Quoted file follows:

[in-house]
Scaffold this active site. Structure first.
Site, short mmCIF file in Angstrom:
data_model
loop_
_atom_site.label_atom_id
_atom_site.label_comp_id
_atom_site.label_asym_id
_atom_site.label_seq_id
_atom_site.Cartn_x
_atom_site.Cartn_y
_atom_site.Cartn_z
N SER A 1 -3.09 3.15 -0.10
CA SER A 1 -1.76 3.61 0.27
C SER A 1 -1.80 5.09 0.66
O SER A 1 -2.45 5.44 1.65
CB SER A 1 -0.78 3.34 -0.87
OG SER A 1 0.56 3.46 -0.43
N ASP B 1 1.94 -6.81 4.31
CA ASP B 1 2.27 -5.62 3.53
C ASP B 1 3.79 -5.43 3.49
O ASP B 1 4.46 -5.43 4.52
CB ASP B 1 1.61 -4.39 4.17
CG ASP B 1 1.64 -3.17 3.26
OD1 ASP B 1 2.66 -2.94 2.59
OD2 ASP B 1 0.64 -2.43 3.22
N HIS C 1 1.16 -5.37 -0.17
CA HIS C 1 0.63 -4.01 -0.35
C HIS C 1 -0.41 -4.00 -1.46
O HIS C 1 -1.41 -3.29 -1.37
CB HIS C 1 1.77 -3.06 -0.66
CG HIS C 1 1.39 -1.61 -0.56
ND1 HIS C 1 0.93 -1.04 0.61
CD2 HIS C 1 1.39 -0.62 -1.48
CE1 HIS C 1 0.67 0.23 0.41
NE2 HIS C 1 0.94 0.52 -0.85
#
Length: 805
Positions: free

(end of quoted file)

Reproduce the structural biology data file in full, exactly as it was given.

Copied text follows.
[in-house]
Scaffold this active site. Structure first.
Site, short mmCIF file in Angstrom:
data_model
loop_
_atom_site.label_atom_id
_atom_site.label_comp_id
_atom_site.label_asym_id
_atom_site.label_seq_id
_atom_site.Cartn_x
_atom_site.Cartn_y
_atom_site.Cartn_z
N SER A 1 -3.09 3.15 -0.10
CA SER A 1 -1.76 3.61 0.27
C SER A 1 -1.80 5.09 0.66
O SER A 1 -2.45 5.44 1.65
CB SER A 1 -0.78 3.34 -0.87
OG SER A 1 0.56 3.46 -0.43
N ASP B 1 1.94 -6.81 4.31
CA ASP B 1 2.27 -5.62 3.53
C ASP B 1 3.79 -5.43 3.49
O ASP B 1 4.46 -5.43 4.52
CB ASP B 1 1.61 -4.39 4.17
CG ASP B 1 1.64 -3.17 3.26
OD1 ASP B 1 2.66 -2.94 2.59
OD2 ASP B 1 0.64 -2.43 3.22
N HIS C 1 1.16 -5.37 -0.17
CA HIS C 1 0.63 -4.01 -0.35
C HIS C 1 -0.41 -4.00 -1.46
O HIS C 1 -1.41 -3.29 -1.37
CB HIS C 1 1.77 -3.06 -0.66
CG HIS C 1 1.39 -1.61 -0.56
ND1 HIS C 1 0.93 -1.04 0.61
CD2 HIS C 1 1.39 -0.62 -1.48
CE1 HIS C 1 0.67 0.23 0.41
NE2 HIS C 1 0.94 0.52 -0.85
#
Length: 805
Positions: free